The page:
I remember this question vividly from my anesthesia training. I am sure you do too. And if you are currently in your training it’s probably coming your way.
“If you could have one monitor to perform an anesthetic, what would it be?”
Some of the debates that would ensue were comical as anesthesia providers defended their position fervently with physiology, citing articles and whatever else they could pull out of their bag of anesthesia knowledge. The discussions were good-natured and educational. But on a deeper level, it gave insight into how a provider thought.
Now what if there was only one question you could ask during an anesthesia job interview? What would it be? – No, not what is the salary? They will provide that. The question that would give insight to the makeup of the group. The question that would provide information about the working environment. The question that would help you determine why would you take a job with this anesthesia practice.
The One Question
I was interviewing for my first anesthesia job and the provider said something that made me pause. It made me wonder what the other members in the group would say. I needed to ask a specific question to everyone I talked to during the interview.
“What keeps you here?”
Individually their answers revealed what was important to them. However, when taking all their answers together as a group, a pattern appeared. The majority were basically all giving me the same answers and I knew what type of anesthesia group I could possibly be joining.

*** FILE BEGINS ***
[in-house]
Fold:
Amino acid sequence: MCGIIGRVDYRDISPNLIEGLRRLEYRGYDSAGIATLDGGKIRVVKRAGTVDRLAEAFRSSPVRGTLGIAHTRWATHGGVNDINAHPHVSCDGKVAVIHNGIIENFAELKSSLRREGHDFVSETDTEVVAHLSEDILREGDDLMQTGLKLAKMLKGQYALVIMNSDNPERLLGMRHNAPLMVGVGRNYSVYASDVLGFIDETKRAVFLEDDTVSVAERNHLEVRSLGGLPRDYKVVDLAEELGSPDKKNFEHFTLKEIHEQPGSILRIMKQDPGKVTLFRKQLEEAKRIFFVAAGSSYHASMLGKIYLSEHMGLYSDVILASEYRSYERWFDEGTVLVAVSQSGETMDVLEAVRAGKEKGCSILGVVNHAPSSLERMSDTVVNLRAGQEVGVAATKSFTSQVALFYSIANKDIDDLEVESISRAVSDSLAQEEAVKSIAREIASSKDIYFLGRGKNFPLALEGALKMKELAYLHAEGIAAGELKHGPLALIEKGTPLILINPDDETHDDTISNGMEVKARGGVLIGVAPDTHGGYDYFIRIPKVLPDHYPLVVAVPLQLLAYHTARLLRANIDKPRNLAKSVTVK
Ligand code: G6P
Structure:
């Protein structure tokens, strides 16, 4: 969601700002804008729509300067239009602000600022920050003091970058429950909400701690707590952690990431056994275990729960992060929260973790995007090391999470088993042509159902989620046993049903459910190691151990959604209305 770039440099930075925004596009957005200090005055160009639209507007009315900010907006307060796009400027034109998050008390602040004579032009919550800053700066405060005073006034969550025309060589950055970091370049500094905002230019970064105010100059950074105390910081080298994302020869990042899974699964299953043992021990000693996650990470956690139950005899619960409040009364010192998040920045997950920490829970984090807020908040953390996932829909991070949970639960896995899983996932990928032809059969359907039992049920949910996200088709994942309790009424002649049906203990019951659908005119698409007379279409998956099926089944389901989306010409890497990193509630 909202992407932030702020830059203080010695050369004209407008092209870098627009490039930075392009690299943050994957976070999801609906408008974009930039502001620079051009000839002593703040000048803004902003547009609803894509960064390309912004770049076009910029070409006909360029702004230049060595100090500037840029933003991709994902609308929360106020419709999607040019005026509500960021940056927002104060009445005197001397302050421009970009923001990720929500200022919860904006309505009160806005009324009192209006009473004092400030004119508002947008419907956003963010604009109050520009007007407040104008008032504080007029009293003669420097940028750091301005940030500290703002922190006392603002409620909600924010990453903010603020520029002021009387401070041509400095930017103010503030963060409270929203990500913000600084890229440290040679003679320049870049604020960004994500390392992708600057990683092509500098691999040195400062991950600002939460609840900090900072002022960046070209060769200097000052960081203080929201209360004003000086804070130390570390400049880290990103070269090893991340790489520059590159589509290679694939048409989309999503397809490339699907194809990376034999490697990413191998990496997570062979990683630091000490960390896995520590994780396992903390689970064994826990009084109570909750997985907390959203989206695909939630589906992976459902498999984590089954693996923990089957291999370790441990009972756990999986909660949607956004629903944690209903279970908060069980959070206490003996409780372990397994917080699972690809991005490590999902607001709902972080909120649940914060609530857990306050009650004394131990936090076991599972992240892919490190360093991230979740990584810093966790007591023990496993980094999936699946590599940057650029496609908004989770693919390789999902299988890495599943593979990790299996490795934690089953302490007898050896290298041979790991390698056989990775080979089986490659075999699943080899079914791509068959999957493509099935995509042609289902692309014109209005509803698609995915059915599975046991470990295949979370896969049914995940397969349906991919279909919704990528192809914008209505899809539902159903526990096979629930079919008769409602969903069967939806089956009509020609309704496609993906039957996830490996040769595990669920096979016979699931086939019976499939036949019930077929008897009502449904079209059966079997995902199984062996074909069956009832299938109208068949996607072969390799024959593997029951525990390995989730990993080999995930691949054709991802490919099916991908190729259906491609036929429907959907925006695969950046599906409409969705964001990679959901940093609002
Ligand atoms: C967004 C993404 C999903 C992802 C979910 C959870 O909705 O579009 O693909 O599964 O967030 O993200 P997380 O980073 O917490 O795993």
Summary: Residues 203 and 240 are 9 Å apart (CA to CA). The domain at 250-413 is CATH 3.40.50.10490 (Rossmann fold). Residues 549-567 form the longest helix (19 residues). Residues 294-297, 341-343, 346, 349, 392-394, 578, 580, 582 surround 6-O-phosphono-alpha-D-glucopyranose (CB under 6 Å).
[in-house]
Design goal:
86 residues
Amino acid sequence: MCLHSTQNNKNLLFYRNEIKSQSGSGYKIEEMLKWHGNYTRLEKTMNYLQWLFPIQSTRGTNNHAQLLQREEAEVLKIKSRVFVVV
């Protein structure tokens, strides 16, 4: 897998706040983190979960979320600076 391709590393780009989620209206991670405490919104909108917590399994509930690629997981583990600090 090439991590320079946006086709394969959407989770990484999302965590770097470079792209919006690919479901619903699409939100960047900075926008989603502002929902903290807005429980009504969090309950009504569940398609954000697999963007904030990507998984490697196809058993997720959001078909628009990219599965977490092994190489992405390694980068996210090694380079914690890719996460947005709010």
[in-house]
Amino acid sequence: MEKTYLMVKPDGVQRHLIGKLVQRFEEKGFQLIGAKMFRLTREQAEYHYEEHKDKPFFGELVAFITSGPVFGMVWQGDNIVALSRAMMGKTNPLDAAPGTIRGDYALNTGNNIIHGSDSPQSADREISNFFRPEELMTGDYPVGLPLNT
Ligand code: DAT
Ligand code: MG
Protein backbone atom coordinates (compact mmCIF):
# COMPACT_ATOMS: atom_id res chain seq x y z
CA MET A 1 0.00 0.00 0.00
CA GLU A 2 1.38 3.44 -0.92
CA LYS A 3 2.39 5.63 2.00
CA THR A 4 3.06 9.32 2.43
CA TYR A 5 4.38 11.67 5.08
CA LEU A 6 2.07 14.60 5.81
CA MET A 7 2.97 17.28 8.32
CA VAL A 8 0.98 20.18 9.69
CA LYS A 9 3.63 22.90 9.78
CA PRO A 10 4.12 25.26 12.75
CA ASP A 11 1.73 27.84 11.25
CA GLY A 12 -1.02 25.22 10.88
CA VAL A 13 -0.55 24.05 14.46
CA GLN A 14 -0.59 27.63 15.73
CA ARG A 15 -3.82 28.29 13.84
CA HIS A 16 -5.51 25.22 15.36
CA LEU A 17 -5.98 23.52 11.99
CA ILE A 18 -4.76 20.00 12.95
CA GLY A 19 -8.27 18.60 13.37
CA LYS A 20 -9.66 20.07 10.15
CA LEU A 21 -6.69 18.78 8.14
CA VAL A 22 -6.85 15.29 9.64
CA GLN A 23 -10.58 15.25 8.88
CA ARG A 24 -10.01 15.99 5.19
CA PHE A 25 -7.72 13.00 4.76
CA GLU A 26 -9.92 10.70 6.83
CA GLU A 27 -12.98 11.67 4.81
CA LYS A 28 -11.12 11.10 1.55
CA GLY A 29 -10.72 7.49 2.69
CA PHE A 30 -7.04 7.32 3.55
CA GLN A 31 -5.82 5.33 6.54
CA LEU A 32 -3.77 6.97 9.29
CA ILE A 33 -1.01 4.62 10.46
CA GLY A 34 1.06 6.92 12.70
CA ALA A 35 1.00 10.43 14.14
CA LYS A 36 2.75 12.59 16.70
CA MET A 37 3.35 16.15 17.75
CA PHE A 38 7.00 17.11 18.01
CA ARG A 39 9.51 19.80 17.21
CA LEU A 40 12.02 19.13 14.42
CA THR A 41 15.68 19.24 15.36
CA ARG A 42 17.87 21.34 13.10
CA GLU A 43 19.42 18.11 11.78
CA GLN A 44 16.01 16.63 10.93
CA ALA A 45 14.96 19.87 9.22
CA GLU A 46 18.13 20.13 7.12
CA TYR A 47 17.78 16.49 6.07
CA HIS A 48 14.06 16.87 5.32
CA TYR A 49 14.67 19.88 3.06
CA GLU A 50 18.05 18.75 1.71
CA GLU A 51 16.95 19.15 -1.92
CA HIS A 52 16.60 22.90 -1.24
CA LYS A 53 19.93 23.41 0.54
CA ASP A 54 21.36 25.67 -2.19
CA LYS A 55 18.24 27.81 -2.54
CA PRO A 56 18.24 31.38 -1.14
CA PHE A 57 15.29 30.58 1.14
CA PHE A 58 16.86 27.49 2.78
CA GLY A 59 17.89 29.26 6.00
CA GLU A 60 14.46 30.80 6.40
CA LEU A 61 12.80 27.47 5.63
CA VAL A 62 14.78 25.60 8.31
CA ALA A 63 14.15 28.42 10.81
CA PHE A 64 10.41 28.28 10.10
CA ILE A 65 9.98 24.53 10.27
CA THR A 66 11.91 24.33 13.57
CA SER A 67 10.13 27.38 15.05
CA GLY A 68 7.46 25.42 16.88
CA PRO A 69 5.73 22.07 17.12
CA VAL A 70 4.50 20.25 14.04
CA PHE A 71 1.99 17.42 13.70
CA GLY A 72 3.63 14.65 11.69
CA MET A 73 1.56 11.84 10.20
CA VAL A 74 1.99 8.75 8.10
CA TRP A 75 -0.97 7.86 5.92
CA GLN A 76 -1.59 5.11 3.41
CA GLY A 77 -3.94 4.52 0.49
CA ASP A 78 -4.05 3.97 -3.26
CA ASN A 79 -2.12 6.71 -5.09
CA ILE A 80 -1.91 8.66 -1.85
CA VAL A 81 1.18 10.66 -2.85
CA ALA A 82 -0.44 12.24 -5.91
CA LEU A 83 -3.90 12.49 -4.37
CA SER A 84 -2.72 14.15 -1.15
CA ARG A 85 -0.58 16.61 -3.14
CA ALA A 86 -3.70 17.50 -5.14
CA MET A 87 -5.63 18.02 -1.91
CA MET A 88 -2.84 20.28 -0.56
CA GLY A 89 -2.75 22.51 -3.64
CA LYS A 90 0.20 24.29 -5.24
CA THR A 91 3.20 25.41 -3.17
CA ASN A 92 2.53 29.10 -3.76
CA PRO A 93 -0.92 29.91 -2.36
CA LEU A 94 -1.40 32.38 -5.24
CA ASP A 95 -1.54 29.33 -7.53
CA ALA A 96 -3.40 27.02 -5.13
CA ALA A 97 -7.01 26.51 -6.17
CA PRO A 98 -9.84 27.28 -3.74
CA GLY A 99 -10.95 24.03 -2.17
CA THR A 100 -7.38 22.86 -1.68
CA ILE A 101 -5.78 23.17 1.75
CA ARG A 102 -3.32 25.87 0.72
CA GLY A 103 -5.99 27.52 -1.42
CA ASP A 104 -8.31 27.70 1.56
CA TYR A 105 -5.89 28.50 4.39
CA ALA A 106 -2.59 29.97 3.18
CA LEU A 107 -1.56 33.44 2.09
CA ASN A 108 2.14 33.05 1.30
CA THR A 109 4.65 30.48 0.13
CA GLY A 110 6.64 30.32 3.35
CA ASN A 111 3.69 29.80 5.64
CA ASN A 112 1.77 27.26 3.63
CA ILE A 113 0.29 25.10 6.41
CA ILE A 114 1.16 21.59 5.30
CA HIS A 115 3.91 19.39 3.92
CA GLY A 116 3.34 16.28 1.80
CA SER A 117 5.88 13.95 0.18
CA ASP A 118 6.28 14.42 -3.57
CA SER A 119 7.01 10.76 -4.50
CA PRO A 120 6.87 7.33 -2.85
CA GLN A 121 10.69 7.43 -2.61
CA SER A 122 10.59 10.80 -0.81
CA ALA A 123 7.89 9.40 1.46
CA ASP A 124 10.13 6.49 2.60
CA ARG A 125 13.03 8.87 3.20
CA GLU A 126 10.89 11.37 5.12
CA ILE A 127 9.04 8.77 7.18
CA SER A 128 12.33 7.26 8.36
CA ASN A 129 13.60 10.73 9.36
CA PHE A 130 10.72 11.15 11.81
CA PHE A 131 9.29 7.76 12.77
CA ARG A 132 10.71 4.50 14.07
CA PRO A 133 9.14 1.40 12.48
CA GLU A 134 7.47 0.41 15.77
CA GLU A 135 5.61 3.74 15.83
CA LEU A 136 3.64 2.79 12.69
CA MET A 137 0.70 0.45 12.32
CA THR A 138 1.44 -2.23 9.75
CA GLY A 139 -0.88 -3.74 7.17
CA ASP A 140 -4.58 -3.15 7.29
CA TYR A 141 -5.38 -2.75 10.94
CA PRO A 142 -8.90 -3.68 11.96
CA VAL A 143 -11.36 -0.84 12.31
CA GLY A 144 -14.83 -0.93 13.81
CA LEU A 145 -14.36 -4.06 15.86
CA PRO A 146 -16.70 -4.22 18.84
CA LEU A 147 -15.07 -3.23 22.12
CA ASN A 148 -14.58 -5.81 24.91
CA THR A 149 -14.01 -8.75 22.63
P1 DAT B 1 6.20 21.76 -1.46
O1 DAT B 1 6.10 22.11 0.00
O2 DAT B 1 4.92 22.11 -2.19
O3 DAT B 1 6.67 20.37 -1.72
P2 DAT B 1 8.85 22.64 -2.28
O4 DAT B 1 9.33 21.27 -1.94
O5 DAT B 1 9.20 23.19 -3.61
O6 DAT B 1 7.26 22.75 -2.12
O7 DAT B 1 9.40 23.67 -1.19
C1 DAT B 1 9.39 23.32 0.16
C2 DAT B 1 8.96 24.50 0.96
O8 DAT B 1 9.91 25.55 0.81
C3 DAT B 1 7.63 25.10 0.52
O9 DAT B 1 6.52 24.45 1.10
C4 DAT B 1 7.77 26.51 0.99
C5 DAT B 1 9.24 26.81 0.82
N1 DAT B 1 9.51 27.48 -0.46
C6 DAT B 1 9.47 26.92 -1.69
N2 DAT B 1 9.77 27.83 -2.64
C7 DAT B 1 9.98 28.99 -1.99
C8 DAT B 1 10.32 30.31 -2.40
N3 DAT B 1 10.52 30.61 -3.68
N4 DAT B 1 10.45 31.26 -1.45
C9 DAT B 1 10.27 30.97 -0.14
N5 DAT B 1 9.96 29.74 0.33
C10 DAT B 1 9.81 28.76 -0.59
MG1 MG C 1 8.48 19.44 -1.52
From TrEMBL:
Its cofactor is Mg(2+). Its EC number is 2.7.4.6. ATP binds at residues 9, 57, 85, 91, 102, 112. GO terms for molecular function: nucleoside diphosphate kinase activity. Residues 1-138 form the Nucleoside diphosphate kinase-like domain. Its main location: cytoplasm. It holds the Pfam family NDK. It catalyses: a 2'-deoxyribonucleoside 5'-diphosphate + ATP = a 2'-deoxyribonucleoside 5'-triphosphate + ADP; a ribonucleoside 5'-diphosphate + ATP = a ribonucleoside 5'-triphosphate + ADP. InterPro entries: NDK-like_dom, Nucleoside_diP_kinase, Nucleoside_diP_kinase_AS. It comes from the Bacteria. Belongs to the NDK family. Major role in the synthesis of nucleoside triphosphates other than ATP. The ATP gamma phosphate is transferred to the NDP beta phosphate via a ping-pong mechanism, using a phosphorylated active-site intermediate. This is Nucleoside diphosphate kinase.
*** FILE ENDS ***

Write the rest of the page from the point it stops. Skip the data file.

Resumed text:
It’s a simple question to ask. “What keeps you here?” But for a simple one, it provides a wealth of information. The culture of the anesthesia practice, overall morale, opportunities for growth, the type of anesthesia providers in the group, and what works well for the anesthesia department are just some of the answers that you can solicit from this question.
It can even lead to revealing some of the insufficiencies of the practice. Some people feel the need to justify their answers when there are aspects of the job they do not necessarily like. They will include this information even though the question did not ask what they dislike about the practice.
As an example, “Even though we have not received a raise in three years, it’s because of __ I stay here.”
It’s a great open-ended question that needs to be in your repertoire for an interview. It often allows for thoughtful follow-up questions and can really keep the conversation flowing. You just never know where it will lead.
Now I know I posed the idea of only asking one question – what would it be? But like having multiple anesthesia monitors to safely provide anesthesia, you want to have multiple questions to ask during your interview to successfully discover if this is the anesthesia job for you. Just make sure to remember to ask “What keeps you here?”